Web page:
12.      Information to customers?
 Government should make it clear that the use of privately owned ICEs (no distinction between petrol and diesel) will be limited on the strategic road network (ie lanes reserved for ULEVs), and in urban areas (eg parking reserved for ULEVs).  Individual ULEVs might be purchased but as the Technical Report says, that is a very expensive option.  This story must be justified by the special duty of care which must be shown to children as the most vulnerable to irreversible damage to brains and lungs and to other disadvantage groups (see Technical Report).

13. How could the Government further support innovative technological solutions and localised measures to improve air quality?
The Government should be honest about the challenge of this transition and immediately start to place the health and wellbeing of its citizens (esp children) above the (hyper)mobility of the few.   This good news story should explain that the complementary measures of introducing electric car clubs would improve accessibility for everybody.  The streets would be better for walking and cycling. Reduced congestion would allow public transport and taxis to be more frequent and run on time.   The lower national speed limit will incentivise the research and development of electric vehicles no longer attempting to compete with the performance and allure of ICEs. Vehicles designed for lower maximum speeds (ie ULEVs) are, unlike ICEs, less polluting at lower speeds.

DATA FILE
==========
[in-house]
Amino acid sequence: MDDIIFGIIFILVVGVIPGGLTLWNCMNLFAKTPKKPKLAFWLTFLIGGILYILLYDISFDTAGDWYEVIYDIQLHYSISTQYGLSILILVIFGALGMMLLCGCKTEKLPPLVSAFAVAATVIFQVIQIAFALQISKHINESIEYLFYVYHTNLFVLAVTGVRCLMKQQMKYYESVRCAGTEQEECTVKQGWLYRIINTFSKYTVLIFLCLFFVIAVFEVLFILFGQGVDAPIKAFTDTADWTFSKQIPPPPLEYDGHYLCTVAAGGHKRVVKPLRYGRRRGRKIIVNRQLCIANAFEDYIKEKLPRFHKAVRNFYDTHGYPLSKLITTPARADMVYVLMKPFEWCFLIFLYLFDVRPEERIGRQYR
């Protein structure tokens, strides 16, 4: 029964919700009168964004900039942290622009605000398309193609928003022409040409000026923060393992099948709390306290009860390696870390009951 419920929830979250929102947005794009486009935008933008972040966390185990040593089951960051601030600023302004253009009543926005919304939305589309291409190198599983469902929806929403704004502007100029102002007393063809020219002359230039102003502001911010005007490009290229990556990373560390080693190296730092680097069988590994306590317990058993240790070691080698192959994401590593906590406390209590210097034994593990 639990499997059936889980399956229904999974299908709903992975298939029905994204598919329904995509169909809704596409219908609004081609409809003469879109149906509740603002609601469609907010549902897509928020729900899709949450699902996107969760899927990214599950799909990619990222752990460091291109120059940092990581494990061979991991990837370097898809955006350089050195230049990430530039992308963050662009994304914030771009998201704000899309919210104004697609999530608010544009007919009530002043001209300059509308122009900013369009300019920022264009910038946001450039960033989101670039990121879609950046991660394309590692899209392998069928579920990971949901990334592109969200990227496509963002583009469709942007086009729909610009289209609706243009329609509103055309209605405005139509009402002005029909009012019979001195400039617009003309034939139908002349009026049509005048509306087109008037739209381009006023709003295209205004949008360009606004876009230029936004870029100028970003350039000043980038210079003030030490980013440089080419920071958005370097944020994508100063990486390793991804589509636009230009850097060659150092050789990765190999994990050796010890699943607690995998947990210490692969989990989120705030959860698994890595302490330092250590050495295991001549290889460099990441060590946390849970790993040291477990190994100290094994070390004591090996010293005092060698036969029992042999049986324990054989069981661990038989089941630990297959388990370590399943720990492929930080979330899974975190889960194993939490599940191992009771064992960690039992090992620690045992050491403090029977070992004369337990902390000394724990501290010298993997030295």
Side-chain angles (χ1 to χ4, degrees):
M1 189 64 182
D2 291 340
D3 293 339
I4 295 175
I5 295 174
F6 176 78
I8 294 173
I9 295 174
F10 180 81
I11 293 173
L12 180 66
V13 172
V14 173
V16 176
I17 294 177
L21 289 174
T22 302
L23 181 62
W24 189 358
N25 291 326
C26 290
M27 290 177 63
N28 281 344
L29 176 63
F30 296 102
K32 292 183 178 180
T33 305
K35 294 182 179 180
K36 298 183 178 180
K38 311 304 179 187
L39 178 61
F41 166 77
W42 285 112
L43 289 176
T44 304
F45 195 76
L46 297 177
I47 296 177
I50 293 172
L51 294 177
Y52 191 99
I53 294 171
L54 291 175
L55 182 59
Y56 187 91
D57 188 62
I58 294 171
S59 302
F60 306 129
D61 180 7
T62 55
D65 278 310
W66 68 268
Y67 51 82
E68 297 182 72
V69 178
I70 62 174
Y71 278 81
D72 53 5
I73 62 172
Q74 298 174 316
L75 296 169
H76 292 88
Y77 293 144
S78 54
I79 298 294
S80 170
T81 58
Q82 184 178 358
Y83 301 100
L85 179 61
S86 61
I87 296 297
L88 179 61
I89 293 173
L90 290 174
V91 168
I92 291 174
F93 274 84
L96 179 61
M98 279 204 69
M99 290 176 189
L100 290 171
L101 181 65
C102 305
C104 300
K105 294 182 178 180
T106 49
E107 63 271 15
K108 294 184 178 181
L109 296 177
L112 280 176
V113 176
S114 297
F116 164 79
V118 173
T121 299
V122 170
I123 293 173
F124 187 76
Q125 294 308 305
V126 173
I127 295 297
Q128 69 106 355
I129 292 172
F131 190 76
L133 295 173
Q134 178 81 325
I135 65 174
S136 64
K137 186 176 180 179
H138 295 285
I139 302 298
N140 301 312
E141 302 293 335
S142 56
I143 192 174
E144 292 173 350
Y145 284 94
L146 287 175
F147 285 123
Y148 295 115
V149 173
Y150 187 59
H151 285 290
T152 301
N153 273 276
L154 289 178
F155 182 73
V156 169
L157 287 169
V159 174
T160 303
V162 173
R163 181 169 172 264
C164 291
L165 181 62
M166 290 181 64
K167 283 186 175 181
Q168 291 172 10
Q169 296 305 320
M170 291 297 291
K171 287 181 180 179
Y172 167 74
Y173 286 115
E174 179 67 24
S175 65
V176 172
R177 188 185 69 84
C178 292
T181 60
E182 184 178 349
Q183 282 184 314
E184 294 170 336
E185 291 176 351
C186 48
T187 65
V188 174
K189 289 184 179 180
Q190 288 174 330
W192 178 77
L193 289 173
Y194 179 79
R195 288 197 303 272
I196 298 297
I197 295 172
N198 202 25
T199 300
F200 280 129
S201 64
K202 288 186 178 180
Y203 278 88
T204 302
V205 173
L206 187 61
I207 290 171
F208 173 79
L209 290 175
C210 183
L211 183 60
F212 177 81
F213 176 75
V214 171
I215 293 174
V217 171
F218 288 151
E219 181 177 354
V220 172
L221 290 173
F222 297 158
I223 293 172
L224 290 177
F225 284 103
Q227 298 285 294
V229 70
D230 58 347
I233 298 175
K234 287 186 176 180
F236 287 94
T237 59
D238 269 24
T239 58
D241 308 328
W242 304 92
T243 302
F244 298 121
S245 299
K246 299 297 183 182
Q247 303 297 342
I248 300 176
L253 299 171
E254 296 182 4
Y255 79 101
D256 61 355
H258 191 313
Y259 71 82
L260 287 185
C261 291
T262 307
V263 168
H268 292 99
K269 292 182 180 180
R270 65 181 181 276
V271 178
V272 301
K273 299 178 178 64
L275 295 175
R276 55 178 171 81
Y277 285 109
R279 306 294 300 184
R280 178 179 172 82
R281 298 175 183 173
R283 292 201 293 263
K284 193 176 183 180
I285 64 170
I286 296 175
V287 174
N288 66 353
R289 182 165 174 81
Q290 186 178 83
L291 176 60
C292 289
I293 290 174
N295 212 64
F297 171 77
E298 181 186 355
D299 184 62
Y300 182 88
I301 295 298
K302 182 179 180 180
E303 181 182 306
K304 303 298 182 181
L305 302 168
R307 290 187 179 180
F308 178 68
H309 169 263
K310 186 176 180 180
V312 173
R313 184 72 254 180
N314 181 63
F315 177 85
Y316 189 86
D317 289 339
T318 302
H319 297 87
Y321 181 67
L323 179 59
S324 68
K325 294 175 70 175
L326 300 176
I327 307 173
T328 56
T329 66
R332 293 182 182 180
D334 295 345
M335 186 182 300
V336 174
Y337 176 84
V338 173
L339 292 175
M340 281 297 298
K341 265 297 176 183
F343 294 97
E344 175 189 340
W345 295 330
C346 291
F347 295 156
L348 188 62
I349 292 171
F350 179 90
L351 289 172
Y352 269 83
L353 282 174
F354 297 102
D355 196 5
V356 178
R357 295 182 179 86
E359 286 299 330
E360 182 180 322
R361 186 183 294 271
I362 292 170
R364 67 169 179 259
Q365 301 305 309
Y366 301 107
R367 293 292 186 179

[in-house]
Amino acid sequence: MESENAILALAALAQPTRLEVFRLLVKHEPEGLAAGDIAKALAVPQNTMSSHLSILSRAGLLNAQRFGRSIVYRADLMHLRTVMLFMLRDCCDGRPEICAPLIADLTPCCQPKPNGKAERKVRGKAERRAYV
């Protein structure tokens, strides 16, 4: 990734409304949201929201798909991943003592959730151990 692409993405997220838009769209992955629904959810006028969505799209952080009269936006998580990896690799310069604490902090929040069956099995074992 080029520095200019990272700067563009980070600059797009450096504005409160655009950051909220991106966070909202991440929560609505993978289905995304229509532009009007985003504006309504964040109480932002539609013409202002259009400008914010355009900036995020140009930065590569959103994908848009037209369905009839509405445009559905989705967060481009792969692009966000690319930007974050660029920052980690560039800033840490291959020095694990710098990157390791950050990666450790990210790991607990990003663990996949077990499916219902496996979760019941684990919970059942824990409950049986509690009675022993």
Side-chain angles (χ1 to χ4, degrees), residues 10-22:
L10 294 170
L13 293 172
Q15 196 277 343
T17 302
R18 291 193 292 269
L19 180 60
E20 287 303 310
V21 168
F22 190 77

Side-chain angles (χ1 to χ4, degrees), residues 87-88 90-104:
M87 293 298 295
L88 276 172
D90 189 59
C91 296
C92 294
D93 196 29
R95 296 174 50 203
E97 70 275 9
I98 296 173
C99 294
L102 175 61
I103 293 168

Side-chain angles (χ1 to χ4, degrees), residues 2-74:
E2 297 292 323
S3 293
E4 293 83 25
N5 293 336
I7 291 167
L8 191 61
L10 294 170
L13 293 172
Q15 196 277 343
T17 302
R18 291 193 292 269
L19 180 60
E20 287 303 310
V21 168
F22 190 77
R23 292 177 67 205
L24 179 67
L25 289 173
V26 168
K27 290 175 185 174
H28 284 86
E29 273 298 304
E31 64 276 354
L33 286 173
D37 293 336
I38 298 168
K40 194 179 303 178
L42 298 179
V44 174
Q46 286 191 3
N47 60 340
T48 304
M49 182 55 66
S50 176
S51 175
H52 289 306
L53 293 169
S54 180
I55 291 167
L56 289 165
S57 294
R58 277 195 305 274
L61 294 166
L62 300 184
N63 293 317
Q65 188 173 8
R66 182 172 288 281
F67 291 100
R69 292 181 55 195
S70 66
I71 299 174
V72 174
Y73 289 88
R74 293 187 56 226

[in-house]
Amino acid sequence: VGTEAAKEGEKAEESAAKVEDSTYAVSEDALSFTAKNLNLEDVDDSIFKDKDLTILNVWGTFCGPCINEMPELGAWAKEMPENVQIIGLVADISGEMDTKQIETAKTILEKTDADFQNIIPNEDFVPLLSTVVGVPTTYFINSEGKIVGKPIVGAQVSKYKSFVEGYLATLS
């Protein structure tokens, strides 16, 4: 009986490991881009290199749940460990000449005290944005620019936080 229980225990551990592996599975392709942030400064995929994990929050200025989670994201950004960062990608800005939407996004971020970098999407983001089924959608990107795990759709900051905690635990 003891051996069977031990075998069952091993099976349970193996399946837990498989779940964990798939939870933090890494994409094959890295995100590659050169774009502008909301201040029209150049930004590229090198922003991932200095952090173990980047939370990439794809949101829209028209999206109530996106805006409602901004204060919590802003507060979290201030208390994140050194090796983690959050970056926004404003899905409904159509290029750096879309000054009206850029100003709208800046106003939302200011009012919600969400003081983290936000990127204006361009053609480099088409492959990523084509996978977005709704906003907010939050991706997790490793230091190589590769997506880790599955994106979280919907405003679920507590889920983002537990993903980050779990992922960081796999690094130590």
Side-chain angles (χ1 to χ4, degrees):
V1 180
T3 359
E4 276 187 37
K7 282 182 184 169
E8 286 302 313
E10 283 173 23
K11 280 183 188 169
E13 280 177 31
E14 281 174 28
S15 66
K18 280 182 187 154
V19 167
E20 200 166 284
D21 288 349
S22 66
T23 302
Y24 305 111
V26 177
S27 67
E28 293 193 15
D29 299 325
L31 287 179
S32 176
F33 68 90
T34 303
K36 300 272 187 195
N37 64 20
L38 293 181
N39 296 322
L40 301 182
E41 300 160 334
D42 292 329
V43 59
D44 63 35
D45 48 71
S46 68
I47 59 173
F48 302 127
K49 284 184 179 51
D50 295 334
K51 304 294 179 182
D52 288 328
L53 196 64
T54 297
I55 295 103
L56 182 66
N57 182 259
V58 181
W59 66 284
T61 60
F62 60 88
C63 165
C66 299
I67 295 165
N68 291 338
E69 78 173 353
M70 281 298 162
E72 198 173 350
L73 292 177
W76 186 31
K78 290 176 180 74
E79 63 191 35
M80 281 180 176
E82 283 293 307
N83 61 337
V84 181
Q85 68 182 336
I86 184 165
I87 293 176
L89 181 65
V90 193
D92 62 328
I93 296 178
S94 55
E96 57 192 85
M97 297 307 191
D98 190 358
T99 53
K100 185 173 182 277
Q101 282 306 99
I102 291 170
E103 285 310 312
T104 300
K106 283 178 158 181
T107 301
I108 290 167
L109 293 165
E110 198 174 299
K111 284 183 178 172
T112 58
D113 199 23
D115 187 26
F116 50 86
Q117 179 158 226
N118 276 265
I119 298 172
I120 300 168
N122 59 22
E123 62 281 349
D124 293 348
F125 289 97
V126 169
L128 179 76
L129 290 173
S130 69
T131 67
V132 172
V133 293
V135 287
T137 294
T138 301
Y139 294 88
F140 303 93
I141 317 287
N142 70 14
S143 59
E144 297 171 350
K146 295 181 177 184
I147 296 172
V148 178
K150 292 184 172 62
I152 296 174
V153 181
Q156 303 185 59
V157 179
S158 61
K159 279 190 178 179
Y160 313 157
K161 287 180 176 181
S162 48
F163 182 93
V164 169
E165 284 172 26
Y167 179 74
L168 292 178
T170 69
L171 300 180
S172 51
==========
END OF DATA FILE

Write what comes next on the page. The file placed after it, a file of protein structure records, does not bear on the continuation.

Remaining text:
This is the only route to improve air quality to acceptable levels (not standards) and establish the pathway to zero carbon transport by 2050 (or earlier), see Technical Report.
These proposals represent the wrong answer to the wrong question.   The harm being caused by diesel and petrol engines (and dust from brakes, roads and tyres) as well as the noise (engines, wind and tyres) and harm to life and limb will not be removed by targeting NOx reductions at a few isolated areas and roads.  This challenge is actually an opportunity to move quickly to a clean, safe, reliable, affordable and fair transport system - in and between towns.  The trigger for the virtuous circle creating these new conditions would be one of the essential elements of such a system that would be lower maximum speeds in and between urban areas. 
The alternative (as being proposed) would be to continue with a dirty (just clean enough), dangerous, unreliable (eg congested), expensive and inequitable transport system that becomes an increasing burden on people, business and the environment.